Part of the world’s population, primarily those that live in the First World, will continue to have access to the free and open Internet and all of its benefits. The rest of the world, primarily those that live in the developing world, will have access to some lesser version of the Internet.
You can bet that some of the larger content producers are simply just not going to bother offering content or services to much of the world. This could very well mean that a content producer in Canada will be subject to the ITRs if it is available in those countries. And, as I explained in my last post, Internet traffic doesn’t travel point-to-point. It is broken into many different packets of information which individually take the most efficient route possible. What if that route transits through a country that has signed on to the new ITRs?
Think about that against the backdrop of the above info-graphic. It is primarily countries in the developing world that supported the new ITRs. This means that it will be the developing world that will not have access to the same information free and open democracies, like Canada, do.
In Dubai, we may have witnessed history, but not of the good kind. I believe it is one where the free and open Internet – the Internet that has allowed free speech, democracy and economic development to flourish – will only be available to the citizens of the developed world. The citizens of the developing world – the people who could most benefit from the free and open Internet, from the free flow of information, and from access to global markets for their products and services – will be deprived of these benefits.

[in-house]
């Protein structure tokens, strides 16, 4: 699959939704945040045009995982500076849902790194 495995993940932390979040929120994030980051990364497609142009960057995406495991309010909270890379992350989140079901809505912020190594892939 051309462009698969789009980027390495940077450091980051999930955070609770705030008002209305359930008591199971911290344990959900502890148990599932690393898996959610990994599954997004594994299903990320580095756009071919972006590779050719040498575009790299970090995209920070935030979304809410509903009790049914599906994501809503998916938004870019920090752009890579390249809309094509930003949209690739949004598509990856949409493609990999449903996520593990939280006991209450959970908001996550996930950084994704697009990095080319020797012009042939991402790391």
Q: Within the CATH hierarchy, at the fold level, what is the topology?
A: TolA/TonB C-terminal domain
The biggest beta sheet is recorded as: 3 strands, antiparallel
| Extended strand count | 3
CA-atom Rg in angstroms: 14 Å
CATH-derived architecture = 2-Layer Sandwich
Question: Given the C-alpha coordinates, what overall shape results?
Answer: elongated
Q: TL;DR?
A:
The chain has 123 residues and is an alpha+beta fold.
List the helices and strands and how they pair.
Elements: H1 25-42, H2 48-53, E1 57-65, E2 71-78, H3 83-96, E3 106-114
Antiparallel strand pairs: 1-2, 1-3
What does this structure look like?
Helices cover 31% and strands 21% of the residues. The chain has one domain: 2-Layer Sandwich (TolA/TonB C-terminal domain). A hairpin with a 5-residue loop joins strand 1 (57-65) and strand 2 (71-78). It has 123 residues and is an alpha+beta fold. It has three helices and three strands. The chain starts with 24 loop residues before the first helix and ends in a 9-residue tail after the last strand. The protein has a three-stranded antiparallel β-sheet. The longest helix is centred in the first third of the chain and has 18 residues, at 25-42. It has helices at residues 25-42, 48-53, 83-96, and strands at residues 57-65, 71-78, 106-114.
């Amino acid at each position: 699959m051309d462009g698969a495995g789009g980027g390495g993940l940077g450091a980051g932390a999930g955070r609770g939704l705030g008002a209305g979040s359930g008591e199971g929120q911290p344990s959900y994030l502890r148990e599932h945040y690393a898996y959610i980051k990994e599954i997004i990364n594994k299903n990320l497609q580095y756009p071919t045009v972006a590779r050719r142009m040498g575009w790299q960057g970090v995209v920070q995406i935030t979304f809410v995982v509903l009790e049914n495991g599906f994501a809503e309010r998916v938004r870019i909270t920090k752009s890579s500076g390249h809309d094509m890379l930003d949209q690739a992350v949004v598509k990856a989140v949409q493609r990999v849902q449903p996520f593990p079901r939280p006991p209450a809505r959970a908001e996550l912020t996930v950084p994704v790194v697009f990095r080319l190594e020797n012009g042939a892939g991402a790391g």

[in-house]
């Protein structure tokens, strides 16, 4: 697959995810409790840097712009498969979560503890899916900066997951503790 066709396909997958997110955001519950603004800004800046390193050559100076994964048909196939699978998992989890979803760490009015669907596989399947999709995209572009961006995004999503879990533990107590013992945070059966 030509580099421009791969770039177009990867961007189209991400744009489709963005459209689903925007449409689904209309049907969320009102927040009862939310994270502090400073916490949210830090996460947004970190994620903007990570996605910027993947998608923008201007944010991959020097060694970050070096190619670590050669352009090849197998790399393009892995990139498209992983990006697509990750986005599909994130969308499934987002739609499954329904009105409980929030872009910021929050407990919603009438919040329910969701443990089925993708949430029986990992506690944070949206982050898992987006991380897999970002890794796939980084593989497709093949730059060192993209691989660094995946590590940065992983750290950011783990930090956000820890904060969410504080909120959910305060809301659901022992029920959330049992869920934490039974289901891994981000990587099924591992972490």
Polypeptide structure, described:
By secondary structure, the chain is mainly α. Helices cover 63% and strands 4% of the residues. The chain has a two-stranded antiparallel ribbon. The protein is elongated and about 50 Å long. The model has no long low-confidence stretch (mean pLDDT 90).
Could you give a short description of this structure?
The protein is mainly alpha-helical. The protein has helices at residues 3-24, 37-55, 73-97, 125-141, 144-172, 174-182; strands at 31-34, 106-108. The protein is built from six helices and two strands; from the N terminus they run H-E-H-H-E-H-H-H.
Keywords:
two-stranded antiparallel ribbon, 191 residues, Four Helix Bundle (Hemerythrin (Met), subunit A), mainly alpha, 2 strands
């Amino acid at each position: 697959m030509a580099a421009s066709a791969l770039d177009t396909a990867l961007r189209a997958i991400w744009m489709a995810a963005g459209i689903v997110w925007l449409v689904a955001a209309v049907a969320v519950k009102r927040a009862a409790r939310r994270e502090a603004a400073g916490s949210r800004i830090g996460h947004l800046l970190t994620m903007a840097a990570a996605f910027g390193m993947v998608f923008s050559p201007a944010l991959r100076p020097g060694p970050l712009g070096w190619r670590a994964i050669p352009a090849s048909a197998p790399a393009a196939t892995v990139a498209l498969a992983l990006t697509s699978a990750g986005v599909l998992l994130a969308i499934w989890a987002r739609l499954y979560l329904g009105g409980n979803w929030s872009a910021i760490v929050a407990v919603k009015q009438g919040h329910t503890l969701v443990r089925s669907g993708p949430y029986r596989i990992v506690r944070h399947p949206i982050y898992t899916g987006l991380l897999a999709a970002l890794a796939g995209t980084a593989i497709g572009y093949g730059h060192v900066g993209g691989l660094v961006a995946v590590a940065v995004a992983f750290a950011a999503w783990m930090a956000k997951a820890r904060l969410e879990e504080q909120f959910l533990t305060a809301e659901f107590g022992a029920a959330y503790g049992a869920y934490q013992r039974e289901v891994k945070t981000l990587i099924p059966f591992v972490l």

Leading up to the conference, there was much hyperbole (the Internet control doomsayers) and placating (i.e. “the ITU isn’t interested in the Internet”). Unfortunately, the possible creation of a two-tier Internet means that WCIT-12 lived up to the hyperbole more than it allayed the fears of many of the delegates.
In the end, however, only time will tell.
I’m about to leave for Dubai as part of the Canadian delegation to the International Telecommunication Union’s (ITU) World Conference on International Telecommunications (WCIT-12).
You’ve undoubtedly heard of this meeting – it has been receiving an incredible amount of attention in the mainstream media and online. There has been a phenomenal amount of activity on Twitter about WCIT-12, and it has been the topic of many conversations in the Internet governance world, both at the table and in the hallway, for the past six months.